Persistence pays off.
Today’s story from Luke is part of a larger teaching by Jesus that wants us to understand that maintaining a relationship with the sacred essence of all life is not easy! Both before and after this story that Luke tells are stories about people caught in complacency. This is not an admonishment but an encouragement to hang in there with the realization that the sacred is all around us.
The Psalm which inspired the Call To Worship assures us of strength found in the presence of the sacred and the songs we sing today and other time, are chosen to remind us of the strength and assurance of love and justice in the world around us, when we work to find it.
Persist. Persist in prayer. Persist in sharing love. Persist in being present with those who need the comfort of a friend. The Holy and Sacred is found, justice is served, people are fed, and hope is delivered when you persist.
WE ARE the compassionate presence of the Christ for people.
And by we, I mean this congregation is the hope for progressive Christianity in Las Cruces. And by we, I mean all of the faith communities of this community. We have to realize that we all offer the message in a variety of ways. And, I mean the faith communities of this country, ALL the faith communities, as we offer a moral compass to and for the leaders of our country.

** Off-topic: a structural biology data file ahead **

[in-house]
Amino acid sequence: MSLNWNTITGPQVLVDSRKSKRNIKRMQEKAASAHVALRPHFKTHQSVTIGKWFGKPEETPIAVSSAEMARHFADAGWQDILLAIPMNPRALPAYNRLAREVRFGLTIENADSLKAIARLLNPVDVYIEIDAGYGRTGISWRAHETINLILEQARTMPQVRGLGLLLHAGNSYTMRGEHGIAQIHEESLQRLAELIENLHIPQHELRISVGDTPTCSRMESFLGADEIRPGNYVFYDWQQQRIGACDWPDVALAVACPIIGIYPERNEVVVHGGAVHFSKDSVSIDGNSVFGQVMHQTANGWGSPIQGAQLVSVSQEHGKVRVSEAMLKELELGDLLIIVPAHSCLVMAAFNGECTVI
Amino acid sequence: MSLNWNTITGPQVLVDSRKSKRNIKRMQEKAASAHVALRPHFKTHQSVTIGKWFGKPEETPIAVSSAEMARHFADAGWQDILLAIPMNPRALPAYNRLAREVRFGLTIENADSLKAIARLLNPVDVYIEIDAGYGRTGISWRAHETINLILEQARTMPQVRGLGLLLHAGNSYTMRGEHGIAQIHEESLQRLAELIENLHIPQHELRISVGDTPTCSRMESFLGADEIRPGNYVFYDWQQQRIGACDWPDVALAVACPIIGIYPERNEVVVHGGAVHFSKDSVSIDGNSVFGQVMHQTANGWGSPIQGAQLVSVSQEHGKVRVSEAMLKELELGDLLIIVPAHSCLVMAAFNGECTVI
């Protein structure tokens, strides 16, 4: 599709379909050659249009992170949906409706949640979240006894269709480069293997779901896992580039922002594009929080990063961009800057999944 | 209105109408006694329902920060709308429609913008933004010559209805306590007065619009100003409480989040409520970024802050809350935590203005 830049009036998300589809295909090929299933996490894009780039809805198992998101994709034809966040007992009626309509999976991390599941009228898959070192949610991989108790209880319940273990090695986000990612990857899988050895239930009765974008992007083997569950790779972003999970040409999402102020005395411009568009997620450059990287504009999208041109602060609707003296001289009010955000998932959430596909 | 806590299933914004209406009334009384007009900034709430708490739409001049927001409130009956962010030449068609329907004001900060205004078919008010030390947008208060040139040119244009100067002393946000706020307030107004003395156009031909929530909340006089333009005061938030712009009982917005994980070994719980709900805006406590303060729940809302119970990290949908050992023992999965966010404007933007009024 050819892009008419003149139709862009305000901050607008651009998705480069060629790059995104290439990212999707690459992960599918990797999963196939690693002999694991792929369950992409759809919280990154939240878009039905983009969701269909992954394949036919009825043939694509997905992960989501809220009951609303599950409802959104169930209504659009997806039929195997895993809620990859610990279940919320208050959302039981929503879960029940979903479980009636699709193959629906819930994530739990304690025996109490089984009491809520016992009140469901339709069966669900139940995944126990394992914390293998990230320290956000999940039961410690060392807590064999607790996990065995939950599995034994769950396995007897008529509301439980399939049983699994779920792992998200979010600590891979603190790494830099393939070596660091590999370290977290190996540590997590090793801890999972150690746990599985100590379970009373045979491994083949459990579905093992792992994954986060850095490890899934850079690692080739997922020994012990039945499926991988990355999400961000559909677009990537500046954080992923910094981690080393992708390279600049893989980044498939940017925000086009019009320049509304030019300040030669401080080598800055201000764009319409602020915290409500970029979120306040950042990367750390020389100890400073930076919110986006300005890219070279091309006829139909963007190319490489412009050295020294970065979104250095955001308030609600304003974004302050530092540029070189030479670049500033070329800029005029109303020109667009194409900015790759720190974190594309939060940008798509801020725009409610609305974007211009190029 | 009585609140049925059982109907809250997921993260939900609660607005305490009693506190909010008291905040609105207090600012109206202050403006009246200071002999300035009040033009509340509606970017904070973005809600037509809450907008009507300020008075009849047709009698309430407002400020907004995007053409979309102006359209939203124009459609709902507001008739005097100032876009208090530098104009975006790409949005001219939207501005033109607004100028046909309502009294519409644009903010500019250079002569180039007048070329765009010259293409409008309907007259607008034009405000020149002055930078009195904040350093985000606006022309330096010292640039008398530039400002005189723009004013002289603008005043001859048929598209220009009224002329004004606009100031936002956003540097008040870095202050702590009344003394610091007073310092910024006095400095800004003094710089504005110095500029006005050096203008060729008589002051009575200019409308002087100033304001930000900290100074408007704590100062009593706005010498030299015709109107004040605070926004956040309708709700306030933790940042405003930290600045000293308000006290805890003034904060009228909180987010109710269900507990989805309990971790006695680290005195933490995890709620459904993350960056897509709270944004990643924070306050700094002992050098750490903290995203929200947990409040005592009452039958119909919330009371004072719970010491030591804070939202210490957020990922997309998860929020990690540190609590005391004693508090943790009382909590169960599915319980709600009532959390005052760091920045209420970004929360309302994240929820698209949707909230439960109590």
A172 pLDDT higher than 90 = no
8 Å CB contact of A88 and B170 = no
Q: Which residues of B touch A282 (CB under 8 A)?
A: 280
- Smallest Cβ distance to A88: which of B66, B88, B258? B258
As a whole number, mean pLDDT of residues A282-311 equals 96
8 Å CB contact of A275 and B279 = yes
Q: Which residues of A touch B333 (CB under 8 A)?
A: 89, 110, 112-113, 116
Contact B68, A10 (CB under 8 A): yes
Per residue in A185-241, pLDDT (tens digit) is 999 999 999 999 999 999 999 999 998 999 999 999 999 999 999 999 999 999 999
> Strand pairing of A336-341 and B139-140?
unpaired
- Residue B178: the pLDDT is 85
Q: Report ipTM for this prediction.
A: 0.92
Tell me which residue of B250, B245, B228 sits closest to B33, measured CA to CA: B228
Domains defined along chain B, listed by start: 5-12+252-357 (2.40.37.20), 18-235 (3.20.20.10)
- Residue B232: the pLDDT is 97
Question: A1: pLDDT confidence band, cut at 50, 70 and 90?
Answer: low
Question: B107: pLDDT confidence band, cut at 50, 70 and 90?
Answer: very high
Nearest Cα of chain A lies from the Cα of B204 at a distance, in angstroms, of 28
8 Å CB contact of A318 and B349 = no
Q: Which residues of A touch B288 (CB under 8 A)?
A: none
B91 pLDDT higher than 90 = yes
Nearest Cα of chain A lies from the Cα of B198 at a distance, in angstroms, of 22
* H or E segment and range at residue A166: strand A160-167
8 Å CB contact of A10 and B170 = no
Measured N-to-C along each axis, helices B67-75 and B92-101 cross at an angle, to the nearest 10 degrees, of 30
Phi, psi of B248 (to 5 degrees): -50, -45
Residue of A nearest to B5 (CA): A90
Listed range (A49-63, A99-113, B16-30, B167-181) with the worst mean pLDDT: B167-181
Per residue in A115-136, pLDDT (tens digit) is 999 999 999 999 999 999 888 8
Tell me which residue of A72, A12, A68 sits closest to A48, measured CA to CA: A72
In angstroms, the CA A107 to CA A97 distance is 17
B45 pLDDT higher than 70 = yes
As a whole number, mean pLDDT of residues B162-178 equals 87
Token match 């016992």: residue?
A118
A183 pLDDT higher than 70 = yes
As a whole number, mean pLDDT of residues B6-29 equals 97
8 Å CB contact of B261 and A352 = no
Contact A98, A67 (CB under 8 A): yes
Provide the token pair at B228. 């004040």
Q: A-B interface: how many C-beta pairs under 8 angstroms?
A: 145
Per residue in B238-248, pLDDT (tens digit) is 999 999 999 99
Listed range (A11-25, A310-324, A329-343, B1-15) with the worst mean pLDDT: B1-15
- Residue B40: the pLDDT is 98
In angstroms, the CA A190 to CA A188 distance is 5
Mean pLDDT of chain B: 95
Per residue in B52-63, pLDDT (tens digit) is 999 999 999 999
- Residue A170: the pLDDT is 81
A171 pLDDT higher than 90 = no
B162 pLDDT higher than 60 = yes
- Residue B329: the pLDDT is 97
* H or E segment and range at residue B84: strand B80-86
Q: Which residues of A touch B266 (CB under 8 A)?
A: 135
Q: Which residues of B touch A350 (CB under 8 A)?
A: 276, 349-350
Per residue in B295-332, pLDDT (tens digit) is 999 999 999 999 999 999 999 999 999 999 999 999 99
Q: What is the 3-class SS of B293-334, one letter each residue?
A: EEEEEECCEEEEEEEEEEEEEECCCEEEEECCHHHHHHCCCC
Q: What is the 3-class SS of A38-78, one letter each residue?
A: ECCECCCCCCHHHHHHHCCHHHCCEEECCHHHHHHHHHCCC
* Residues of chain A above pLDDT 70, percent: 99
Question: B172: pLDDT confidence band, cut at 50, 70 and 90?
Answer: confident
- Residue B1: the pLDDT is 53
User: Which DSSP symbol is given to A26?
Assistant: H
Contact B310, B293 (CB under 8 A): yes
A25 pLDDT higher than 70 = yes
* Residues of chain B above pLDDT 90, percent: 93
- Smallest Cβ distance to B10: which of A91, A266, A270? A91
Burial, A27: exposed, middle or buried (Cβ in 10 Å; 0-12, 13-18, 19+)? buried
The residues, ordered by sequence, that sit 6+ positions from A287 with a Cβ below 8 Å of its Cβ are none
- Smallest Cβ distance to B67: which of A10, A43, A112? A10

We are, through our persistence, the presence of sacred love for those sitting together here today, for those beyond our walls and for the rest of the world. WE are the presence of sacred love for each of your families, and for many other families to whom we are connected in a variety of ways. We change the tenor and temper of things in our communities by small persistent acts, by maintaining a prayerful spirit in all we do and by working together through small acts of love and justice.
Here, by being that small persistent and determined group who will not give up, we can dig up the weeds of anger, hang cork board to absorb the sounds of greed and ignorance in the world and we can, and do, share the love of the Holy and Sacred way of Truth. All as part of one family of faith working together for sacred loving kindness.
Boldly persistently work for it and justice will live.
It is has to be who we are and what we do.